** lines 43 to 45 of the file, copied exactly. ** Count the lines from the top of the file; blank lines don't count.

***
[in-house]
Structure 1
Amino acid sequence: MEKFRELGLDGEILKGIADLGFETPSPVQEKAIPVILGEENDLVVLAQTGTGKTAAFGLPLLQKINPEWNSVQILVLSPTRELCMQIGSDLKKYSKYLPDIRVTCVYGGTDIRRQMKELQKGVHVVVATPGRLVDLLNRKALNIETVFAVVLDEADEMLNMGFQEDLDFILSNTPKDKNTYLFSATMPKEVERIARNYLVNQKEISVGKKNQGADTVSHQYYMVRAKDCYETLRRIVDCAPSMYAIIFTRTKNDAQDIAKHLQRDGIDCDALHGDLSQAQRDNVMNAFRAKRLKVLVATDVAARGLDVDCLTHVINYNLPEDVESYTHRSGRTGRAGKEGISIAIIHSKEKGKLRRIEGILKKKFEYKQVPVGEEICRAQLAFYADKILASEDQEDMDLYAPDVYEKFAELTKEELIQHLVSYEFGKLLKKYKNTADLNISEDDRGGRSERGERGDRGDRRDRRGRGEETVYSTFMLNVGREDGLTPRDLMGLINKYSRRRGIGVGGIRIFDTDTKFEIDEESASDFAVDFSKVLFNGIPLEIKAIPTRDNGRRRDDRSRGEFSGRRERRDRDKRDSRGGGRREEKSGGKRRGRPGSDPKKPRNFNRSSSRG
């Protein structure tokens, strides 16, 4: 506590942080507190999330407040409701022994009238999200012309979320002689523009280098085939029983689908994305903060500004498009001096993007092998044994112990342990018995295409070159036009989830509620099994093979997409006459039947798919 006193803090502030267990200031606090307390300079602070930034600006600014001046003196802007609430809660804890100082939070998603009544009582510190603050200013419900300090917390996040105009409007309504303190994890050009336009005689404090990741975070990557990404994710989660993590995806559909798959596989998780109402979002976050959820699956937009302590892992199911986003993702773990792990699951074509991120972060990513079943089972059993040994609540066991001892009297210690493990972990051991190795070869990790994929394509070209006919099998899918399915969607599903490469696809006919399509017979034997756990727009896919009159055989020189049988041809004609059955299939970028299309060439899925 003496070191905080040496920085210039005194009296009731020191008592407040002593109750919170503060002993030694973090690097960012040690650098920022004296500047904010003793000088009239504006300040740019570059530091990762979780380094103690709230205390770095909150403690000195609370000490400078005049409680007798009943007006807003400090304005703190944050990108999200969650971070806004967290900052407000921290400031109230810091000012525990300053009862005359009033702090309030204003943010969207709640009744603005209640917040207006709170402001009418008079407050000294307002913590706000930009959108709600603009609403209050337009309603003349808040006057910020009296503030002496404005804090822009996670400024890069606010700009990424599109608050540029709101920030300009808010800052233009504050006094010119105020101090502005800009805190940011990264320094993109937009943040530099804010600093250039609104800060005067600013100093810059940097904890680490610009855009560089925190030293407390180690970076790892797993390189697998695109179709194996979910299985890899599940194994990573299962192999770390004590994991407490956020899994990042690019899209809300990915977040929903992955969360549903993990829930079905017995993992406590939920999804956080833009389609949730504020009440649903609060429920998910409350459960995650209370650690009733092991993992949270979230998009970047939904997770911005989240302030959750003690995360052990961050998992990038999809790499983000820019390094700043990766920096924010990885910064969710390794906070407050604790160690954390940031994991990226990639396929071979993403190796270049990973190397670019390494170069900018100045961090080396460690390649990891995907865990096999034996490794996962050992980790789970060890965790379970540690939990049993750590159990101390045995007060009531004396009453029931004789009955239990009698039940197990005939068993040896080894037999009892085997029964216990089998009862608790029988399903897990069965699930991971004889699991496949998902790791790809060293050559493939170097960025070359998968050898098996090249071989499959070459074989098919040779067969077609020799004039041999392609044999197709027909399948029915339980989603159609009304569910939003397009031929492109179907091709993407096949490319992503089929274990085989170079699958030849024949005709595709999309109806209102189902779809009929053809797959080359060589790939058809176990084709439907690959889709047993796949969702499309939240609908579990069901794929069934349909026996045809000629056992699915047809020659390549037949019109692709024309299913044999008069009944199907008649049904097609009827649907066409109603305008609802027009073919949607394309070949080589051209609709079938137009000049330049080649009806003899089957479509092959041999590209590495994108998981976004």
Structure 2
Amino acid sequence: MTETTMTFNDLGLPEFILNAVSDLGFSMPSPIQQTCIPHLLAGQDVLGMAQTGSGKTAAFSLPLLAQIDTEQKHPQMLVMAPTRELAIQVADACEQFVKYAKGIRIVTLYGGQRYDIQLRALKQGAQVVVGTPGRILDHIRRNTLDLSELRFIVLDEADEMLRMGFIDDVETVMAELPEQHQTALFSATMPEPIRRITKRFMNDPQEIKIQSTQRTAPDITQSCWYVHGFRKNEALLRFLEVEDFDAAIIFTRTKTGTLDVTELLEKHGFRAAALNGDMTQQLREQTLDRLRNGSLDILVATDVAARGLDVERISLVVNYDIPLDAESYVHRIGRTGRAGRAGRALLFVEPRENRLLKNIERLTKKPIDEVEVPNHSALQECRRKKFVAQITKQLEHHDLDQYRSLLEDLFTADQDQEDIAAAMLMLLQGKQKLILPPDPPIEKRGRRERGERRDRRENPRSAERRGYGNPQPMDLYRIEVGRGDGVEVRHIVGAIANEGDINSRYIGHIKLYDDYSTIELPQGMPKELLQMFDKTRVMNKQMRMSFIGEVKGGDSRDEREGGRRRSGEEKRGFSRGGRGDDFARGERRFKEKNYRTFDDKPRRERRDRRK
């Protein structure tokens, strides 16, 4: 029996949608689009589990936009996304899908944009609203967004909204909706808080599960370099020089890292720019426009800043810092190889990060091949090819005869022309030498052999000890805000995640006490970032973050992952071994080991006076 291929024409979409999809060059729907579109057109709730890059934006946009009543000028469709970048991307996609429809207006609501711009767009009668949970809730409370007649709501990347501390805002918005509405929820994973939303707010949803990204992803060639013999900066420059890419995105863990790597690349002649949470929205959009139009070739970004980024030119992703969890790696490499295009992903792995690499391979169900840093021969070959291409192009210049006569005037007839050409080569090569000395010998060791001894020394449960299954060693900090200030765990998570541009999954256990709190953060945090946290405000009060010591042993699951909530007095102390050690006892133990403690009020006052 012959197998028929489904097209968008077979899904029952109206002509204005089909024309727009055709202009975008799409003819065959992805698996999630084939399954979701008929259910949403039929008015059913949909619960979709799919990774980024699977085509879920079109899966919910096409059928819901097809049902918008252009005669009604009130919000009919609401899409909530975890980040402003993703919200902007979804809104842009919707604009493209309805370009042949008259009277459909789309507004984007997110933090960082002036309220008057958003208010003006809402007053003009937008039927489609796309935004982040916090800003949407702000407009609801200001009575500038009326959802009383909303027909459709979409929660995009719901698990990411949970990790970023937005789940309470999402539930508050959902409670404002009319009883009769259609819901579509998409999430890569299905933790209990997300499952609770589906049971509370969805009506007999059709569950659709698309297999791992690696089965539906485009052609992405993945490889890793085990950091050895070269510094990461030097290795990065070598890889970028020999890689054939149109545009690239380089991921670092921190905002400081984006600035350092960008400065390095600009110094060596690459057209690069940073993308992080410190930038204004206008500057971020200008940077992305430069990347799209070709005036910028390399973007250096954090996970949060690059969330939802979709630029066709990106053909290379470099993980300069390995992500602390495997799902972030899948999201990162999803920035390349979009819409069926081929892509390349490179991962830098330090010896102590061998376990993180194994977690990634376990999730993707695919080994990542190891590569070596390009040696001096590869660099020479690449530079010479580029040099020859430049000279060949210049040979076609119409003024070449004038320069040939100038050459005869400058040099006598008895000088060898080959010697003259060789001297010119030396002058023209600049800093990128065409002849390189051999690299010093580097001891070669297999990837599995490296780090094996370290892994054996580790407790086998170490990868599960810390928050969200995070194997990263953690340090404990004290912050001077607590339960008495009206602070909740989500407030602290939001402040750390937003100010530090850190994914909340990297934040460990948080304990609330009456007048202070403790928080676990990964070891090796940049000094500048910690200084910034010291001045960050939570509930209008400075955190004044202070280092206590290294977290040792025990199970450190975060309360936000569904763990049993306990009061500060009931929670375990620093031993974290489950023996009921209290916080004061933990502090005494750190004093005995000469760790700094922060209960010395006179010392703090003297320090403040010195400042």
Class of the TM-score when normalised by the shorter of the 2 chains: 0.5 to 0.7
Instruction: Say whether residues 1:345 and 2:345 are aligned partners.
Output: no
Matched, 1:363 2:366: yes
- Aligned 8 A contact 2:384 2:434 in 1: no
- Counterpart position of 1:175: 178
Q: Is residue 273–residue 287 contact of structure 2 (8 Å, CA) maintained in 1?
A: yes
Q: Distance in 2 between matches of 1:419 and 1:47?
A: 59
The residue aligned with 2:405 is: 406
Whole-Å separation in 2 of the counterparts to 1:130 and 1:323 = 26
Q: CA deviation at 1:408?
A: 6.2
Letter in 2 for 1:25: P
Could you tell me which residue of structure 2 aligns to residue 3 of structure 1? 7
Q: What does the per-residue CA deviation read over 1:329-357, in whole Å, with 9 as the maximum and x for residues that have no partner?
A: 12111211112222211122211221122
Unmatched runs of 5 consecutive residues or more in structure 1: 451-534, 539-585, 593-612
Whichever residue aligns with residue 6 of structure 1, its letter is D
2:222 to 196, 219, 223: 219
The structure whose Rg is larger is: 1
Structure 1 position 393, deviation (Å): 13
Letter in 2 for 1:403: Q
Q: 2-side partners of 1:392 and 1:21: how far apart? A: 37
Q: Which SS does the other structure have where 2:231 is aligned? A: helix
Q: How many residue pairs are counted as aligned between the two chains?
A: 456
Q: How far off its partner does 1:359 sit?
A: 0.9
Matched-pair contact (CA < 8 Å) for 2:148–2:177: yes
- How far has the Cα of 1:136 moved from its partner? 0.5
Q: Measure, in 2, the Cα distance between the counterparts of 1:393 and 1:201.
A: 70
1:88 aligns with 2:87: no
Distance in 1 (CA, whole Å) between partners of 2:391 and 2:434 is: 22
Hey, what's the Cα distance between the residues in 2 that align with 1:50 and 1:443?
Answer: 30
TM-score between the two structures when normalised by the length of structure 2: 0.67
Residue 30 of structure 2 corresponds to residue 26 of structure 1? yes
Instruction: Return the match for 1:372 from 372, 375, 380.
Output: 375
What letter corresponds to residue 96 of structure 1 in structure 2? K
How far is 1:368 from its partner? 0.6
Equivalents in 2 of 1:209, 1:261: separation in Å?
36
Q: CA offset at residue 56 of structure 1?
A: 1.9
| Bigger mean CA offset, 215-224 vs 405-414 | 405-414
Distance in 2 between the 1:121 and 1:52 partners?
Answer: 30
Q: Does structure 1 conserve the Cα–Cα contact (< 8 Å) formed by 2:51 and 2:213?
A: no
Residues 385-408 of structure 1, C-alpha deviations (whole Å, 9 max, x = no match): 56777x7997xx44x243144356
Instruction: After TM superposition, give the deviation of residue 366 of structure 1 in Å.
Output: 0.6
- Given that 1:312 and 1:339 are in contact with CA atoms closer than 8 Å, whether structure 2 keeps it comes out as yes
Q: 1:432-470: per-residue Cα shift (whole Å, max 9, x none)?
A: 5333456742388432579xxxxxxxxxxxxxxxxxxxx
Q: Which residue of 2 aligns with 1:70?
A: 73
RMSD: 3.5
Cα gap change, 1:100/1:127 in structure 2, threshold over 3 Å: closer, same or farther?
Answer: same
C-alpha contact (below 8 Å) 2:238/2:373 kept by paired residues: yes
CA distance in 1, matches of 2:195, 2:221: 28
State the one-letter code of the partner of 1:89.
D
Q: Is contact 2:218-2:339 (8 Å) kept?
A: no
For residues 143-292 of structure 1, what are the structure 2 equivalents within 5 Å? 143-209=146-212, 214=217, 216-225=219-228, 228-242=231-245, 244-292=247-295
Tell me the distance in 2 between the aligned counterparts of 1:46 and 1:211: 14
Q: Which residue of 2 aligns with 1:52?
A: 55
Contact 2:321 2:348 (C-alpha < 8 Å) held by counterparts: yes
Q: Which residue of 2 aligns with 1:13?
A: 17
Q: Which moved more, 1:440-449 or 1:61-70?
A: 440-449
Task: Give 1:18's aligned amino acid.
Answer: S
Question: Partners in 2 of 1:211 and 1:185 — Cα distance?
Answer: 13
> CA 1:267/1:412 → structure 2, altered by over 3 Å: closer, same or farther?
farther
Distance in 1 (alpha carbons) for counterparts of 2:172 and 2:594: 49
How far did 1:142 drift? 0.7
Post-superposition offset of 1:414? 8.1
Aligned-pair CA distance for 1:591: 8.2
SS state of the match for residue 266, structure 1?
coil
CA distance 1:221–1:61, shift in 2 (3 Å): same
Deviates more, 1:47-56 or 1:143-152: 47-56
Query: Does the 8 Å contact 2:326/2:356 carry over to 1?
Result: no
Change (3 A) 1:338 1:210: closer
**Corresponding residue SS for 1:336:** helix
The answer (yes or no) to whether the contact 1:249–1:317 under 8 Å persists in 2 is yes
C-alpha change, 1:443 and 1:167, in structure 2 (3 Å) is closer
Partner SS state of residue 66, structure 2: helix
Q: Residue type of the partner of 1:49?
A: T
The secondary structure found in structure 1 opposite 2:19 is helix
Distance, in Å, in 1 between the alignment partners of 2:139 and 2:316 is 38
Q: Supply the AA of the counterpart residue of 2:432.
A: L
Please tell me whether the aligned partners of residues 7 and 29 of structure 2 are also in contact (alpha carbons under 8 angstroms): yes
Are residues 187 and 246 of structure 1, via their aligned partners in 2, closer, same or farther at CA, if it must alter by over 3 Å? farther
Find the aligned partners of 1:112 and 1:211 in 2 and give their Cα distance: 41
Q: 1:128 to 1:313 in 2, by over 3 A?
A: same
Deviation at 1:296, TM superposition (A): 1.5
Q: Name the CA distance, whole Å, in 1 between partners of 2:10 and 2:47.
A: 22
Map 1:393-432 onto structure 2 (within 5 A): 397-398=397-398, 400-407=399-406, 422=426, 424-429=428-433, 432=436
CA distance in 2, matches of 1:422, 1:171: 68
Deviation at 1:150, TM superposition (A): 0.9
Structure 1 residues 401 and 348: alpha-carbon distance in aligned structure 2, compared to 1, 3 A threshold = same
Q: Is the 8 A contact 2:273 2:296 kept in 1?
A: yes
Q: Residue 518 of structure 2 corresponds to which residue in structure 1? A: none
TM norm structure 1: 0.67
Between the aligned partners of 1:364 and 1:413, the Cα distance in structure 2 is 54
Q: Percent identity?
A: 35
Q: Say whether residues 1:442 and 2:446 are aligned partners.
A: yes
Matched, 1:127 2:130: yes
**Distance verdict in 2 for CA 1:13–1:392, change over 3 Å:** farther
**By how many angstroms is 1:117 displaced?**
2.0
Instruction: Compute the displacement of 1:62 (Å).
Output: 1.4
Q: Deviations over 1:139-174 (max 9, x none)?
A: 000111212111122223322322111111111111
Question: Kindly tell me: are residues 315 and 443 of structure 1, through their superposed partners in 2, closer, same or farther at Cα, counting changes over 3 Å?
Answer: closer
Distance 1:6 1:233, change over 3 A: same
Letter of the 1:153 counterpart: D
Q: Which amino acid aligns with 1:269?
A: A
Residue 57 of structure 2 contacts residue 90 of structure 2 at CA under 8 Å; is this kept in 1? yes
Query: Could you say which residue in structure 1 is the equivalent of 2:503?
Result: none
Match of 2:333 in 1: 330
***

Distance in 1 (CA, whole Å) between partners of 2:391 and 2:434 is: 22
Hey, what's the Cα distance between the residues in 2 that align with 1:50 and 1:443?
Answer: 30